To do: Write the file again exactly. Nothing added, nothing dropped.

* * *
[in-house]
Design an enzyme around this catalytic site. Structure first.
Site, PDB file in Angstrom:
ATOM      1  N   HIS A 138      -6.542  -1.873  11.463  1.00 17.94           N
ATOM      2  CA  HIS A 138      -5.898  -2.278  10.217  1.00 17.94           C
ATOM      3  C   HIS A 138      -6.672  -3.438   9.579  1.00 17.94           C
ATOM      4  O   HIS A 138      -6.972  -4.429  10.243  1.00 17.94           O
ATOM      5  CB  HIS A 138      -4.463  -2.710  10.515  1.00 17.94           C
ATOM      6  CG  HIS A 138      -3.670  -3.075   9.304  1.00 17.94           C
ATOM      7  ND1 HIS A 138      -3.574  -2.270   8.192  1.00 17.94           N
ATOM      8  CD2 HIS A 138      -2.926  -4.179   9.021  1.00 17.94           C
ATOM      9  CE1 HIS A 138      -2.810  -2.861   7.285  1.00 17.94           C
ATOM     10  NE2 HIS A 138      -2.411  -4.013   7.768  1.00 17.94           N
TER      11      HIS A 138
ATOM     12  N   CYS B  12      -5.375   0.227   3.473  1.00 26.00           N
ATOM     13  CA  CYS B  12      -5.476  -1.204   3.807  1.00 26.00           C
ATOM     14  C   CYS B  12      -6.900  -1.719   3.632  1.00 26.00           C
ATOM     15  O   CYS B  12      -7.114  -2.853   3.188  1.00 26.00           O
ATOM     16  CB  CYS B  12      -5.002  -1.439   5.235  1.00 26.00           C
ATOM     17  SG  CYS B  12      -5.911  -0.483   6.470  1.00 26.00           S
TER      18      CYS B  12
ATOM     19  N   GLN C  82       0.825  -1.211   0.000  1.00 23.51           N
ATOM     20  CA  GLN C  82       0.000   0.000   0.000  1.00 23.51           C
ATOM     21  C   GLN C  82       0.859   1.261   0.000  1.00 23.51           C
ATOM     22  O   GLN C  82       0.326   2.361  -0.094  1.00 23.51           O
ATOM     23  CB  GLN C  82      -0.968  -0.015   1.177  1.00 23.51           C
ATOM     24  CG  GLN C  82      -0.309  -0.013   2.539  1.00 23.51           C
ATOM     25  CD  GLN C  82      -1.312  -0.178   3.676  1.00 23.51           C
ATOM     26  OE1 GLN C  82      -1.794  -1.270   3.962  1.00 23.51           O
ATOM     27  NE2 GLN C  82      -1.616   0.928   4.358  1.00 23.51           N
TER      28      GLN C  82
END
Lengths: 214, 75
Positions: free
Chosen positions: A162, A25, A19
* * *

[in-house]
Design an enzyme around this catalytic site. Structure first.
Site, PDB file in Angstrom:
ATOM      1  N   HIS A 138      -6.542  -1.873  11.463  1.00 17.94           N
ATOM      2  CA  HIS A 138      -5.898  -2.278  10.217  1.00 17.94           C
ATOM      3  C   HIS A 138      -6.672  -3.438   9.579  1.00 17.94           C
ATOM      4  O   HIS A 138      -6.972  -4.429  10.243  1.00 17.94           O
ATOM      5  CB  HIS A 138      -4.463  -2.710  10.515  1.00 17.94           C
ATOM      6  CG  HIS A 138      -3.670  -3.075   9.304  1.00 17.94           C
ATOM      7  ND1 HIS A 138      -3.574  -2.270   8.192  1.00 17.94           N
ATOM      8  CD2 HIS A 138      -2.926  -4.179   9.021  1.00 17.94           C
ATOM      9  CE1 HIS A 138      -2.810  -2.861   7.285  1.00 17.94           C
ATOM     10  NE2 HIS A 138      -2.411  -4.013   7.768  1.00 17.94           N
TER      11      HIS A 138
ATOM     12  N   CYS B  12      -5.375   0.227   3.473  1.00 26.00           N
ATOM     13  CA  CYS B  12      -5.476  -1.204   3.807  1.00 26.00           C
ATOM     14  C   CYS B  12      -6.900  -1.719   3.632  1.00 26.00           C
ATOM     15  O   CYS B  12      -7.114  -2.853   3.188  1.00 26.00           O
ATOM     16  CB  CYS B  12      -5.002  -1.439   5.235  1.00 26.00           C
ATOM     17  SG  CYS B  12      -5.911  -0.483   6.470  1.00 26.00           S
TER      18      CYS B  12
ATOM     19  N   GLN C  82       0.825  -1.211   0.000  1.00 23.51           N
ATOM     20  CA  GLN C  82       0.000   0.000   0.000  1.00 23.51           C
ATOM     21  C   GLN C  82       0.859   1.261   0.000  1.00 23.51           C
ATOM     22  O   GLN C  82       0.326   2.361  -0.094  1.00 23.51           O
ATOM     23  CB  GLN C  82      -0.968  -0.015   1.177  1.00 23.51           C
ATOM     24  CG  GLN C  82      -0.309  -0.013   2.539  1.00 23.51           C
ATOM     25  CD  GLN C  82      -1.312  -0.178   3.676  1.00 23.51           C
ATOM     26  OE1 GLN C  82      -1.794  -1.270   3.962  1.00 23.51           O
ATOM     27  NE2 GLN C  82      -1.616   0.928   4.358  1.00 23.51           N
TER      28      GLN C  82
END
Lengths: 214, 75
Positions: free
Chosen positions: A162, A25, A19